Digital manufacturing could eliminate warehouses, create on-demand production

ORLANDO, Fla. — As manufacturing industries go digital, products that were once generated via a set of build plans are now created in digital files that can be exported anywhere in the world.

When 3D printing is added to that equation, products are no longer produced in anticipation of orders, but on demand, as needed.

There are, however, existing cultural industry biases — engineers and designers who are entrenched in conventional manufacturing methods — that limit the adoption of 3D printing, stifling its full potential.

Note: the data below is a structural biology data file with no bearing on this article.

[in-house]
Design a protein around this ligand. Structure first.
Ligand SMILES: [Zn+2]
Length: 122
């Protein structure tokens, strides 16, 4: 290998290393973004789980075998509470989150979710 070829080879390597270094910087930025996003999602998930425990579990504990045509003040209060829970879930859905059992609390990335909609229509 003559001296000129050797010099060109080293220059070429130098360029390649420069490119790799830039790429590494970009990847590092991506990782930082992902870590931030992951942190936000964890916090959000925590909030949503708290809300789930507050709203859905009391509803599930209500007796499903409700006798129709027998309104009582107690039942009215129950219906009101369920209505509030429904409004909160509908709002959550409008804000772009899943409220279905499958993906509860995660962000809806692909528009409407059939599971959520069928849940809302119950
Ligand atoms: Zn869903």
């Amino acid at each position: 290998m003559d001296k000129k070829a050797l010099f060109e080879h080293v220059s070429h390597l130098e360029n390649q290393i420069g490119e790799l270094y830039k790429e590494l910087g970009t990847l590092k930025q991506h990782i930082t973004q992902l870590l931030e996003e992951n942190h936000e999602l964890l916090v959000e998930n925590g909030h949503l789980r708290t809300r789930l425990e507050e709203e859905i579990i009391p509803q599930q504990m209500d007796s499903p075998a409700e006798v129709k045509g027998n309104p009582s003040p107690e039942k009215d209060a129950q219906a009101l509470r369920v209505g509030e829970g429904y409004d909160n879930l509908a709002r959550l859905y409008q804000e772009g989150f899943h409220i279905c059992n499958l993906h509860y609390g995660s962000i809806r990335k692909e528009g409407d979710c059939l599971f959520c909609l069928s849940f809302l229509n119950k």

“What we need in our design organizations is someone who doesn’t have those cultural biases [and who says] when we go to design a new part for our spacecraft or rocket engine…, how do we build this with new technology?” said John Vickers, principal technologist for NASA’s space technology mission directorate.

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Digital manufacturing could eliminate warehouses, create on-demand production

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